I suppose that's where my anger lies. No Australian should feel endangered by their own government. No Australian should feel like their government is out to destroy them. And that is exactly how it feels down here in the lower socios. Like we have a target on our head.

#63 laridae

Posted 05 July 2019 - 11:22 AM

View PostNobodyelse, on 05 July 2019 - 10:21 AM, said:



This is completely beside the point.
The point is kinda that it's not much different from when I finished uni about 20 years ago. That you have to start paying as soon as you get a full time job for an average graduate. They've had to raise it a fair bit be about to lower it again.

Many people will benefit as many people do not have HECS debt.

The reserve bank has been calling on the government to do something. They can't keep lowering interest rates. There is not much lower they can go. If this increases spending and increases GST revenue maybe it'll work out ok.

Edited by laridae, 05 July 2019 - 11:27 AM.


#64 JRA

Posted 05 July 2019 - 11:27 AM

As much as I hate everything about HECS I think the need to pay as soon as you start FT after you graduate make the most sense.

It is the point where you have the most money. You generally have no dependents, you generally have lived life as a poor student, so not having money is normal, and it gets HECS off your commitments quickly.

#65 laridae

Posted 05 July 2019 - 11:32 AM

View PostJRA, on 05 July 2019 - 11:27 AM, said:

As much as I hate everything about HECS I think the need to pay as soon as you start FT after you graduate make the most sense.

It is the point where you have the most money. You generally have no dependents, you generally have lived life as a poor student, so not having money is normal, and it gets HECS off your commitments quickly.

I agree. Generally it's the perfect time to knock most of it off. You are used to being a poor student, quite often living at home or in cheaper accommodation.  Reducing it early before indexing increases it.

#66 Nobodyelse

Posted 05 July 2019 - 11:45 AM

View Postlaridae, on 05 July 2019 - 11:22 AM, said:

The point is kinda that it's not much different from when I finished uni about 20 years ago. That you have to start paying as soon as you get a full time job for an average graduate. They've had to raise it a fair bit be about to lower it again.

Many people will benefit as many people do not have HECS debt.

The reserve bank has been calling on the government to do something. They can't keep lowering interest rates. There is not much lower they can go. If this increases spending and increases GST revenue maybe it'll work out ok.

The 'back in my day' argument is completely beside the point. One hundred percent beside the point. How much was rent 20 years ago? Petrol? Electricity? Houses? You cannot compare the two as we are in a completely different economic landscape.

This is not how you save the economy. You don't save it by throwing tax breaks at the upper classes. You don't save it by taking disposable income from who have little of it. You don't save it by cutting wages of penalty rate workers. You save it by raising newstart and the pension.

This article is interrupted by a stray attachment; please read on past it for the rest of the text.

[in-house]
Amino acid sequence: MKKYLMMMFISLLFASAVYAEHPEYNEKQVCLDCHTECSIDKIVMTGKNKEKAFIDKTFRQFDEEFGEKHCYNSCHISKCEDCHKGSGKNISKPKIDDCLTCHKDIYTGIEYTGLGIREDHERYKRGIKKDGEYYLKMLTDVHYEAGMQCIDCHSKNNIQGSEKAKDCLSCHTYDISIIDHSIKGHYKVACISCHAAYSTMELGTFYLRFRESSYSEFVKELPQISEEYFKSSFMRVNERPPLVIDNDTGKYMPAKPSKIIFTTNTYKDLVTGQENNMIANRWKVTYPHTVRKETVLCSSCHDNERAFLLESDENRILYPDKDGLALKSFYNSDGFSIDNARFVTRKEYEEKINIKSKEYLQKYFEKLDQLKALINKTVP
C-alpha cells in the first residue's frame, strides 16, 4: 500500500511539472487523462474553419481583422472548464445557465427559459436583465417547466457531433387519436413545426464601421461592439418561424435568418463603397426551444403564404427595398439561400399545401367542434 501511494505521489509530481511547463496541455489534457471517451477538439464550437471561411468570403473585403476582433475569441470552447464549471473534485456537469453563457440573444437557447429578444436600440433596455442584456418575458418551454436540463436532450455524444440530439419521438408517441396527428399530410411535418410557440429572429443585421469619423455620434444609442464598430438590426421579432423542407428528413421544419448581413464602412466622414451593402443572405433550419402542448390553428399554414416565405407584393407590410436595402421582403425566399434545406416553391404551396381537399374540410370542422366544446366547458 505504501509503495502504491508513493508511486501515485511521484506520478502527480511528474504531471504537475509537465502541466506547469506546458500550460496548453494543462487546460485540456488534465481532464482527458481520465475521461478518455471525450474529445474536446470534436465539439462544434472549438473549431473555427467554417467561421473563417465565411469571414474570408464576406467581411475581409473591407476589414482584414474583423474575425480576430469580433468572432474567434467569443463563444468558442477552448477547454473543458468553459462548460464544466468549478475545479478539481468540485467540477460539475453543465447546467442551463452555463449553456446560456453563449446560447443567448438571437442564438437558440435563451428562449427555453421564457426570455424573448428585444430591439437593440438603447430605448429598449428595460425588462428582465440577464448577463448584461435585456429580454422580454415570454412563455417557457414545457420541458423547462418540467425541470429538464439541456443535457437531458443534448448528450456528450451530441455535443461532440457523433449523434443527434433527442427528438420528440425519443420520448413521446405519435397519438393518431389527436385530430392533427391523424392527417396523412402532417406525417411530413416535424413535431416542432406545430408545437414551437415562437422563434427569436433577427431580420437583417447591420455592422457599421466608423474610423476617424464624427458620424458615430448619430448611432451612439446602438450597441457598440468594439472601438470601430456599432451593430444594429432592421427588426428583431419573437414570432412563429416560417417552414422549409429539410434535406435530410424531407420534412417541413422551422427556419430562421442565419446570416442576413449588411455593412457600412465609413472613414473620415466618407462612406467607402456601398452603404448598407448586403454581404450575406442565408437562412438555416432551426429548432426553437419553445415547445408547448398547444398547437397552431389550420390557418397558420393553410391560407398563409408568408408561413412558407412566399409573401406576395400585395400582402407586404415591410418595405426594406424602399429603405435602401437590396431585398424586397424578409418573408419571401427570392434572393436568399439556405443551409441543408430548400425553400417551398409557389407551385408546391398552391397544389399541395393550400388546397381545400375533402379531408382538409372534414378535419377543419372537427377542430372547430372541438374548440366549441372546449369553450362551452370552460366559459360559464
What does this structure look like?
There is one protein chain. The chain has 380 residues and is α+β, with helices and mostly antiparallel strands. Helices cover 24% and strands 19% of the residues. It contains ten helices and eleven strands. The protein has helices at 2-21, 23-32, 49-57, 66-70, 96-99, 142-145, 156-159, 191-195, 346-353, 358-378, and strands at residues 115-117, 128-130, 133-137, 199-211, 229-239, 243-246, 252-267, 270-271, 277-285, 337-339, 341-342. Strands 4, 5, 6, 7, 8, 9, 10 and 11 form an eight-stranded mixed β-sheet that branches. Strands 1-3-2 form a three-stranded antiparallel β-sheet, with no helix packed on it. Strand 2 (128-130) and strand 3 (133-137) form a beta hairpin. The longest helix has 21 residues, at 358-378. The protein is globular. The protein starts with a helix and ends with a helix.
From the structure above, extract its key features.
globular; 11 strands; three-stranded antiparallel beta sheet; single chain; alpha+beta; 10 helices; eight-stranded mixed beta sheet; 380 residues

You think this government is thinking 'we'll lower the threshold because it is the best time for people to pay off their hecs' you're kidding yourself.

Yes, many people will benefit. And many more will not. Are you not concerned about how this whole thing - from the tax breaks right down to the hecs changes - is designed to keep the poor poor? Or as long as 'some benefit' the lower classes can just go eat cake?

And it isn't just young, single folk who have hecs debts. Many women who have interrupted their careers early to have and raise children will re-enter the workforce at the bottom later in life. Many do so after divorce. These are people who may be working menial jobs in retail likely earning just enough to now be slugged with hecs repayments. Or they may have a new debt from re-skilling.

This isn't an altruistic move to get people debt free earlier. It is a cash grab to pay for the tax cuts for the rich.

#67 casime

Posted 05 July 2019 - 11:50 AM

Quote

It is the point where you have the most money. You generally have no dependents, you generally have lived life as a poor student, so not having money is normal, and it gets HECS off your commitments quickly.


Not everyone goes to university straight from school.  


Edited by casime, 05 July 2019 - 11:51 AM.


#68 Lucrezia Bauble

Posted 05 July 2019 - 11:59 AM

View Postlaridae, on 05 July 2019 - 11:22 AM, said:




The reserve bank has been calling on the government to do something. They can't keep lowering interest rates. There is not much lower they can go. If this increases spending and increases GST revenue maybe it'll work out ok.

that’s true - the reserve bank has called on the govt to do something. they can’t really go any lower on interest rates, AND if this does indeed increase spending - thus giving them more GST revenue then it *could* be a good thing...if that increased GST revenue then gets turned into increased funding for health, education, NDIS etc etc.

i have no real skin in this game - i won’t really benefit from it personally - my party - labor - supported it - possibly for the above mentioned reasons.